To alleviate such problems, a new regression suite practice, using random test generators to create regression suites on-the-fly, is becoming more common. In this practice, instead of maintaining tests, we generate test suites on-the-fly by choosing several specifications and generating a number of tests from each specification.Another optimization technique is the Hybrid Approach of both Regression Test Selection and Test Case Prioritization
The brief discourse on Regression testing is incomplete without the token of ROI(Return on Investment). ROI is a financial tool that assists management in evaluating how well it can cover its risks. Return on investment (ROI) as a measurement in a business model has become an important means of evaluating whether a project should be undertaken.
An optimized Regression suite bails the project out of the web of looming impracticality to active pursuance with a growing ROI. It lays to rest impending doubts in the mind of management when it comes to negotiating potential risks involved in the project. These risks may be subtle and inconspicuous but elementary in running a successful show. A healthy ROI is the end product out backed by a confident management with elimination of risks. A well tuned and effective optimized regression suite is paramount since regression is often carried out in a time crunched mode. The nagging question then is that am I getting a valid return on the investment made. Finally an automated Regression suite of test cases gives a visual benefit in an immediate spurt in ROI.
Here we cannot ignore the roles of Software Tester and Developer in optimizing a Regression suite. They are the bedrock for any evaluation of the integrity of a system.
            – A Software Test Engineer has a major role to play in formulating a regression test suite in optimal pursuits. His/her hands are well versed with precise comprehension of the bugs inflicting the system that have been fixed and possible changes introduced because of the fixes. S/he has a sense of where an augmented system might break and how the elements coalesce enforcing major functionalities. An input from their end is vital when targeting optimizing the regression suite.
– We can group bug fixes into homogenous partitions which address similar regression areas modelling an overlap. This will enable performing multiple regressions with a single test case execution.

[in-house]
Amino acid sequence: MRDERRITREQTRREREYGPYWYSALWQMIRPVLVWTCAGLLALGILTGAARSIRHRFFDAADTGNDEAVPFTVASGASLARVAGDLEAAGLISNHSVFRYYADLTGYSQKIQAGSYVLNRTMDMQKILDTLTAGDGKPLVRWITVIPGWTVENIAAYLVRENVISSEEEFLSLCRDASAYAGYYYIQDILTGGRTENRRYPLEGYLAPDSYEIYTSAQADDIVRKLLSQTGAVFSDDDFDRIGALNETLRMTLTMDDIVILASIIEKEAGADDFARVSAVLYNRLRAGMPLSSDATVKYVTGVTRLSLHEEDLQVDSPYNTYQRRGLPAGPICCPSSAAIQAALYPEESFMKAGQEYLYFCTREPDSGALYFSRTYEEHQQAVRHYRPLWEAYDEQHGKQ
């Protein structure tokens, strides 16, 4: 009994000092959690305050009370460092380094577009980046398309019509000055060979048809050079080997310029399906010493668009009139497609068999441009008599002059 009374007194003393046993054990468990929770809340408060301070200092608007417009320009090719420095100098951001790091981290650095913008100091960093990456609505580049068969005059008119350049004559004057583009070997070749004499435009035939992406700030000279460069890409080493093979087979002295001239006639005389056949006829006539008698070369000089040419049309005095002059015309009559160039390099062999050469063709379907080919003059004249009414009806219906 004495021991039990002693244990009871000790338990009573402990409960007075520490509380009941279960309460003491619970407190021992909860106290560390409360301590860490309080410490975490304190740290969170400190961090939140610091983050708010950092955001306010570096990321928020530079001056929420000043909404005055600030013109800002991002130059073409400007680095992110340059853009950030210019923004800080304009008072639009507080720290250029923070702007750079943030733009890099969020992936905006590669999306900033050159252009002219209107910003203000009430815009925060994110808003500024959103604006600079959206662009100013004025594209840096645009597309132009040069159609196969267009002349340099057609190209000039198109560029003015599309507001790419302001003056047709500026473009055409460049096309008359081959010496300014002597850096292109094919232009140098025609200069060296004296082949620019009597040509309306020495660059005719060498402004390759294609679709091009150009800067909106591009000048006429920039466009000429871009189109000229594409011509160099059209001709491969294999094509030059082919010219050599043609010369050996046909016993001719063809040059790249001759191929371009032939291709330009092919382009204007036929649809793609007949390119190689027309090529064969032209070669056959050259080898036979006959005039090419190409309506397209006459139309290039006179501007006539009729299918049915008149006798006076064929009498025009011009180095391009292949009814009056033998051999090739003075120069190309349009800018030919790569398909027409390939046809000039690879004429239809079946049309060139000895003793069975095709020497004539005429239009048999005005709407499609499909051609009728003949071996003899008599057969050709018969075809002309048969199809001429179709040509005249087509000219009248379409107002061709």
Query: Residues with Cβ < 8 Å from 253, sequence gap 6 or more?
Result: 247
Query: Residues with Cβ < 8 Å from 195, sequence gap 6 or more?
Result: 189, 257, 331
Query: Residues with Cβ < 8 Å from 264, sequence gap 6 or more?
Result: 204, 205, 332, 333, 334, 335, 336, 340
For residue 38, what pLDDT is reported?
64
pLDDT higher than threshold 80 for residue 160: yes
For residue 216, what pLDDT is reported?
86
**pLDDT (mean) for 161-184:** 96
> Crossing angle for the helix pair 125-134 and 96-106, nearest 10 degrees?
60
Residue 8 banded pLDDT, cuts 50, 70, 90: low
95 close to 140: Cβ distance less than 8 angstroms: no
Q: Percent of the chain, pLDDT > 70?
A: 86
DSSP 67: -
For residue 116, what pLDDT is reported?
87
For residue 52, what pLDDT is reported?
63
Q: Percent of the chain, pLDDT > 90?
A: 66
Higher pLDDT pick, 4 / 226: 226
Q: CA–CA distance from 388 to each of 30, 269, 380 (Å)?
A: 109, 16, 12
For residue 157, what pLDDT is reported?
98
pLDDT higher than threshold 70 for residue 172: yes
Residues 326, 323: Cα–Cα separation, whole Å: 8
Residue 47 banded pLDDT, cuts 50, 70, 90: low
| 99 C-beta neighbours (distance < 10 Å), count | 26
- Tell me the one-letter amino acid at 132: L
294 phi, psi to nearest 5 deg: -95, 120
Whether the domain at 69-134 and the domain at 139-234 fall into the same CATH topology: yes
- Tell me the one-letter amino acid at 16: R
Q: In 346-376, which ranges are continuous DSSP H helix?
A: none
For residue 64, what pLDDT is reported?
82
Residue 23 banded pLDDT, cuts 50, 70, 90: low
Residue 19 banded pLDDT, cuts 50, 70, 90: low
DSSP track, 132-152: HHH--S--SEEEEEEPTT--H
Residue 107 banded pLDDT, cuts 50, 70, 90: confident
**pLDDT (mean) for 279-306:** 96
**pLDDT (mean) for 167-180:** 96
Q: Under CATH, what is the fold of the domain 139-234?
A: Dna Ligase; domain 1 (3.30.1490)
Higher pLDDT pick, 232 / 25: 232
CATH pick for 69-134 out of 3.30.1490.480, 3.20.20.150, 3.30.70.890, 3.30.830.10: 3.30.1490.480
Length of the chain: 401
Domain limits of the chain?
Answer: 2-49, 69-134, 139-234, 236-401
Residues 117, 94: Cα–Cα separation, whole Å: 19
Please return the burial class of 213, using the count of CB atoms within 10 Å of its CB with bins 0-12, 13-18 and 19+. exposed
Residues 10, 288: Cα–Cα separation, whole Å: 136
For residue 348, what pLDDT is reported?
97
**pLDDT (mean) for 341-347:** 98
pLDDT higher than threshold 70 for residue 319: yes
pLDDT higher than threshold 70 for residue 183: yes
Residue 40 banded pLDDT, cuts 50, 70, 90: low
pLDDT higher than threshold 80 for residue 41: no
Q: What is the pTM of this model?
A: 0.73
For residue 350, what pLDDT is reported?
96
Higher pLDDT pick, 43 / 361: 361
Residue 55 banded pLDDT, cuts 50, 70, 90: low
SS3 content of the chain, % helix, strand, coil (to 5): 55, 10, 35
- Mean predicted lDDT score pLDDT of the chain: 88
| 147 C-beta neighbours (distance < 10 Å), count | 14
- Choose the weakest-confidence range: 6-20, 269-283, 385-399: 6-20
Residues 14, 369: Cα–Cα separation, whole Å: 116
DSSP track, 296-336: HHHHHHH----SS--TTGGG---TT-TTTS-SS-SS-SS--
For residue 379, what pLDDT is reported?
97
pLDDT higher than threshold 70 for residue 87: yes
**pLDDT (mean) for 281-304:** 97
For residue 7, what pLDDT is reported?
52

– The developer’s role cannot be undone when it comes to optimizing regression suite. There has to be a direct liaison between the testers and the developers. S/he knows the ‘how’, ’what’ and ‘when’ of fixing bugs in an application and can play a major role in prod3izing a penetrating regression suite with optimal overtones. They have a fair idea of where bugs might have inflicted the system and so can ascertain missed test cases and prejudge redundant test cases to trigger the expanse of test coverage. They can act as a guide to the testers since they have a firsthand knowledge of the bugs and thus maximize optimization of the regression test suite.
In the prod3 analysis the optimal test regression suite should encompass tests with the following features:-
     – Test cases designed to verify critical functional attributes and capabilities of the software program
     – Test cases designed to validate baseline functionality/behaviour specified in project requirements or user acceptance criteria.
     – Test cases designed to verify functional anomalies that are found and fixed during the software development lifecycle.
     – Test cases designed to evaluate collateral or dependent areas associated with a code fix.
     – In order to gain the full benefit of an effective regression test suite automate as many regression test cases as is reasonably possible.

About the Author

QA InfoTech

QA InfoTech

Established in 2003, with less than five testing experts, QA InfoTech has grown leaps and bounds with three QA Centers of Excellence globally; two of which are located in the hub of IT activity in India, Noida, and the other, our affiliate QA InfoTech Inc Michigan USA. In 2010 and 2011, QA InfoTech has been ranked in the top 100 places to work for in India.